Let’s take a poll here. How many of you would stay away forever if the season is cancelled and how many would at least try to attend as many games as usual?
Maybe you’d refuse to go to the ballpark, but would watch the games on television or listen on radio. Maybe you’d pretend that the sport vanished and never give it an ounce of your attention. I’ll need full explanations.
* Former Tigers pitcher Armando Galarraga made it back into the news earlier this month by wishing again, this time in an interview in The Athletic, that Major League Baseball would credit him with a perfect game from 10 years ago.
Umpire Jim Joyce blew a call at first base after Galarraga retired the first 26 batters. Joyce felt terrible about it and Galarraga forgave him. But he hasn’t forgotten.
What does Galarraga have to do with the Orioles? He also resides in the land of the forgotten after signing a minor league deal with them in January 2012.
He barely made it out of spring training. The Orioles released him during the first week of April.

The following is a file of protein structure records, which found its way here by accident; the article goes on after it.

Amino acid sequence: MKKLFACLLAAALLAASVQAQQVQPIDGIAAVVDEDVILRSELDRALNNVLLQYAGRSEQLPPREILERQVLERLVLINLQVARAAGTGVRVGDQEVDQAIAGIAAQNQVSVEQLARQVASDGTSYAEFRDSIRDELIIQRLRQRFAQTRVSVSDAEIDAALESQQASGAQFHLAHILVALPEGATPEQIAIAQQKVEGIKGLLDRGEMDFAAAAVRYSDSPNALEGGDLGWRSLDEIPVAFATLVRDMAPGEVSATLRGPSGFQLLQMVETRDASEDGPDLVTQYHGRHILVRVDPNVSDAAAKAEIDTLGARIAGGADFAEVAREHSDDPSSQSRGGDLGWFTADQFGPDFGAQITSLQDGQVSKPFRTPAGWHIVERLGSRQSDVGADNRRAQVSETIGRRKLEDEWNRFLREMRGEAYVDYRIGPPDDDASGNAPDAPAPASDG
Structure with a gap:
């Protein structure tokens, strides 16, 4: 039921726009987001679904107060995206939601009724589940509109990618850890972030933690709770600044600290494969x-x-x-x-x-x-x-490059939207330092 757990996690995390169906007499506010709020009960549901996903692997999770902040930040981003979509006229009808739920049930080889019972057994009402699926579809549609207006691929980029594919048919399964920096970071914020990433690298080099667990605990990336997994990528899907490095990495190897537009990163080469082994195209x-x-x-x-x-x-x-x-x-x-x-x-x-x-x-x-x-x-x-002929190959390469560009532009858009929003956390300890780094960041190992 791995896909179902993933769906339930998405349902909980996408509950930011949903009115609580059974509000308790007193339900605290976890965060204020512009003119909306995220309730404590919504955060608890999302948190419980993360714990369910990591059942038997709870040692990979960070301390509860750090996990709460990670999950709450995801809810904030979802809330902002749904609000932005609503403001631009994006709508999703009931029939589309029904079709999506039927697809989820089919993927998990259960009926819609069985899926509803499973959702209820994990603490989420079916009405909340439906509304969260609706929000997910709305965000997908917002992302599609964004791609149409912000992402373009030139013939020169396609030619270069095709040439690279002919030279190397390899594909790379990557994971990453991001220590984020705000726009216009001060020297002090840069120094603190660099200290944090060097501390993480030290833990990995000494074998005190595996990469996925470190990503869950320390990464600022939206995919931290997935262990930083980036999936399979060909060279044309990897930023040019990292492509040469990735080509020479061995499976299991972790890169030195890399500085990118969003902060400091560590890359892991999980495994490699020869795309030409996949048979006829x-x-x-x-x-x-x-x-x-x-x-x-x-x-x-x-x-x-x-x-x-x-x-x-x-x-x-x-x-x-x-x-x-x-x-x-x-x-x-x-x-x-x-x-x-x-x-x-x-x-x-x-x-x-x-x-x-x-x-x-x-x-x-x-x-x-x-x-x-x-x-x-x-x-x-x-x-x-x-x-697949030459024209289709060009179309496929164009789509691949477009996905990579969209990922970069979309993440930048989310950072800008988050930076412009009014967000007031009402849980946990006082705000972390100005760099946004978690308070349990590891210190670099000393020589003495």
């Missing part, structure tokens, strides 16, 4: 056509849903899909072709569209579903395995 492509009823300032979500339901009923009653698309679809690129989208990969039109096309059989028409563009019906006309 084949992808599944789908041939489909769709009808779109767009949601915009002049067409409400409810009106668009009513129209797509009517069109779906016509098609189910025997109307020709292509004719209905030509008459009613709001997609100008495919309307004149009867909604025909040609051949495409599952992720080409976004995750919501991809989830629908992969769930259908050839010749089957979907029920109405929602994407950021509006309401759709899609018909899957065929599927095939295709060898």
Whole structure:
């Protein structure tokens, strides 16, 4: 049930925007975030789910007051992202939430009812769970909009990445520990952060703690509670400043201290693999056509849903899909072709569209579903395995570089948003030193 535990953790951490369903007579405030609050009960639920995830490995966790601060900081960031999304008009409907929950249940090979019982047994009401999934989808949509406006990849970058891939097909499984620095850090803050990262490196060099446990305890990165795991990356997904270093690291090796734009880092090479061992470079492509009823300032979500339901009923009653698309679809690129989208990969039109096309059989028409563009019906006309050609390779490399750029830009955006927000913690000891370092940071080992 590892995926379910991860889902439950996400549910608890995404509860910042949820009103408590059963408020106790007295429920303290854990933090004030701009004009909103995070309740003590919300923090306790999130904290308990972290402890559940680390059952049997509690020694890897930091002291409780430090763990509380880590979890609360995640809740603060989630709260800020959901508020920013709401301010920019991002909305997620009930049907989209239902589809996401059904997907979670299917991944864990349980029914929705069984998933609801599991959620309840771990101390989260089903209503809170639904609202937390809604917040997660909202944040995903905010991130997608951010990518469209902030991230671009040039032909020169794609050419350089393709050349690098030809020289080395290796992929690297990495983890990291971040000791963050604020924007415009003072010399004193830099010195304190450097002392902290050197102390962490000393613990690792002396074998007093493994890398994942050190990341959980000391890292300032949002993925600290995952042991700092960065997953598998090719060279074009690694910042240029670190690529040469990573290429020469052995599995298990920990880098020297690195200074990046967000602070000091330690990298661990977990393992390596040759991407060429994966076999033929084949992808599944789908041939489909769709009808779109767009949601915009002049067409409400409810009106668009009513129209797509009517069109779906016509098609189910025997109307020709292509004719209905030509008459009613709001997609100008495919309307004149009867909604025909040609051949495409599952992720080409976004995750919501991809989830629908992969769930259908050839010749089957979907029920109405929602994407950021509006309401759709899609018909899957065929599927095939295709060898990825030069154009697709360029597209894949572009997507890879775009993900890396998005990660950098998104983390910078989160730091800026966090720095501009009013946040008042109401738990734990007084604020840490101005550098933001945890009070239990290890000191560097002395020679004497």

Galarraga signed with the Astros and made the last five starts of his major league career.
The Venezuelan right-hander registered a 7.20 ERA in 10 exhibition innings before the Orioles released him from their Triple-A roster to make room for left-hander Dana Eveland. He hadn’t thrown a pitch for Norfolk.
* Looking back on that spring training, other top stories included the arrival of Dontrelle Willis and Ronny Paulino’s car, an unexpected appearance by slugger-turned-agent Gary Sheffield (whose client, pitcher Josh Banks, never made it out of minor league camp) and former Oriole Jason Johnson’s unexpected bullpen session as he attempted a comeback.
Pitcher Dennys Reyes agreed to a minor league deal and abruptly retired, or so we were told. Nobody checked on it.
We found Matt Antonelli, Jai Miller, Scott Beerer, John Hester and Oscar Villarreal. We never saw Dane Sardinha, but we did see Jon Link, who would have made for a clever headline if he had been missing.